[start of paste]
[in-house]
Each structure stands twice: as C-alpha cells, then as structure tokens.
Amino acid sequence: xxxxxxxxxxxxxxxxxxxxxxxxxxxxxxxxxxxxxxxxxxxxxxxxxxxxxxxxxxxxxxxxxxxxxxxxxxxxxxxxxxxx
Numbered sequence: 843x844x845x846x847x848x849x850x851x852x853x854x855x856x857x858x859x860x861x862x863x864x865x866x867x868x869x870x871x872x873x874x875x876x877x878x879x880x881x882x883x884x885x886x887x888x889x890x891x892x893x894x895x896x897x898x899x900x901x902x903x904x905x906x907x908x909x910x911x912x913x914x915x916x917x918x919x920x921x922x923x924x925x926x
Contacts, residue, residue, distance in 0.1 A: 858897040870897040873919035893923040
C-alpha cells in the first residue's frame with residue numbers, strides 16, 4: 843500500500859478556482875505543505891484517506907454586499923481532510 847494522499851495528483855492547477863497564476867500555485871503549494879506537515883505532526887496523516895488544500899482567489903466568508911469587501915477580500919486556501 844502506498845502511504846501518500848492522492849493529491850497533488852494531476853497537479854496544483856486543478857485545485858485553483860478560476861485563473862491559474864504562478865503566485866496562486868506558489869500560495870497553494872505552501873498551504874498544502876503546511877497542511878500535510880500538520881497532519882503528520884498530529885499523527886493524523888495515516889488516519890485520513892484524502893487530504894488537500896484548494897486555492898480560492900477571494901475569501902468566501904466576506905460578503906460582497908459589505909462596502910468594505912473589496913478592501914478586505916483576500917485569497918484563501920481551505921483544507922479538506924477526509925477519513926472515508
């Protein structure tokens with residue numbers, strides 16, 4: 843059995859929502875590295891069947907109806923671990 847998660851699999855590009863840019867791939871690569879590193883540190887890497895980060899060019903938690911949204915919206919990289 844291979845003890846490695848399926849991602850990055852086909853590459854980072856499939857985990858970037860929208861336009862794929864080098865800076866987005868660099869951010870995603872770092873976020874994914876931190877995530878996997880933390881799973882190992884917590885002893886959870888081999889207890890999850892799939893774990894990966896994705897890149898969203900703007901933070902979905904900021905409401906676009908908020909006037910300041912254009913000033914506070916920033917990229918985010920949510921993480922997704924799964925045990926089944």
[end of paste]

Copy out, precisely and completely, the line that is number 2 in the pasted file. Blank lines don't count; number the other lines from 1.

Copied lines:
Each structure stands twice: as C-alpha cells, then as structure tokens.